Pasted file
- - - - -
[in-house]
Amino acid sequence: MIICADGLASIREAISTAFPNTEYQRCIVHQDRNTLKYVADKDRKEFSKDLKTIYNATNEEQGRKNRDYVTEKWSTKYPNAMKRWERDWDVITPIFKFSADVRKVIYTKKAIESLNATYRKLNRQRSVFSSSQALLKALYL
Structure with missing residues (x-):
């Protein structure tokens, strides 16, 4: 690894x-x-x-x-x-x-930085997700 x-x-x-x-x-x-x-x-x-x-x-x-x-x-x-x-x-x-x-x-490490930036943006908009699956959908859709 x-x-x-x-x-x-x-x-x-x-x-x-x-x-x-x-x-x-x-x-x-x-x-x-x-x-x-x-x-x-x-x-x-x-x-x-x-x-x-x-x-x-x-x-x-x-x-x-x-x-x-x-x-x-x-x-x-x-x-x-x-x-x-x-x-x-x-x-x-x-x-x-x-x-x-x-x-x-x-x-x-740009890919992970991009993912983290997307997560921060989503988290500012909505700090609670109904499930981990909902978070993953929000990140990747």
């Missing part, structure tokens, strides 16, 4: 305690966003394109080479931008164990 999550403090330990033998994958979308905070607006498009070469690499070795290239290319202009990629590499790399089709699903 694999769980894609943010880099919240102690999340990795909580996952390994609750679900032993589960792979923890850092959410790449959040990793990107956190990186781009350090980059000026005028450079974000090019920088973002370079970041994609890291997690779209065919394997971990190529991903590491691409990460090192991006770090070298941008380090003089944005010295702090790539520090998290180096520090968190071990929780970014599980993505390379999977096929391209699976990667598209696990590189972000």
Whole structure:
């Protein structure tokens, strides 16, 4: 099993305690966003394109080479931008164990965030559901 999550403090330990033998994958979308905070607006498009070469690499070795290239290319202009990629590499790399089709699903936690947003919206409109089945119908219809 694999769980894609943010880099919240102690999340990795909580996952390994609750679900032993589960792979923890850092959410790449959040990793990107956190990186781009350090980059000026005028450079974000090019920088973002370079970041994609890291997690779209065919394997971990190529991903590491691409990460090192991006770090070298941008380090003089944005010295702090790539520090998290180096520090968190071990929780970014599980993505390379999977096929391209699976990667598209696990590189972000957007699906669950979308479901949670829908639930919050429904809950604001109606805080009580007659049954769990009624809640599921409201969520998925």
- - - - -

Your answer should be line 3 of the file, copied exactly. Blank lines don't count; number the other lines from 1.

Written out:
Structure with missing residues (x-):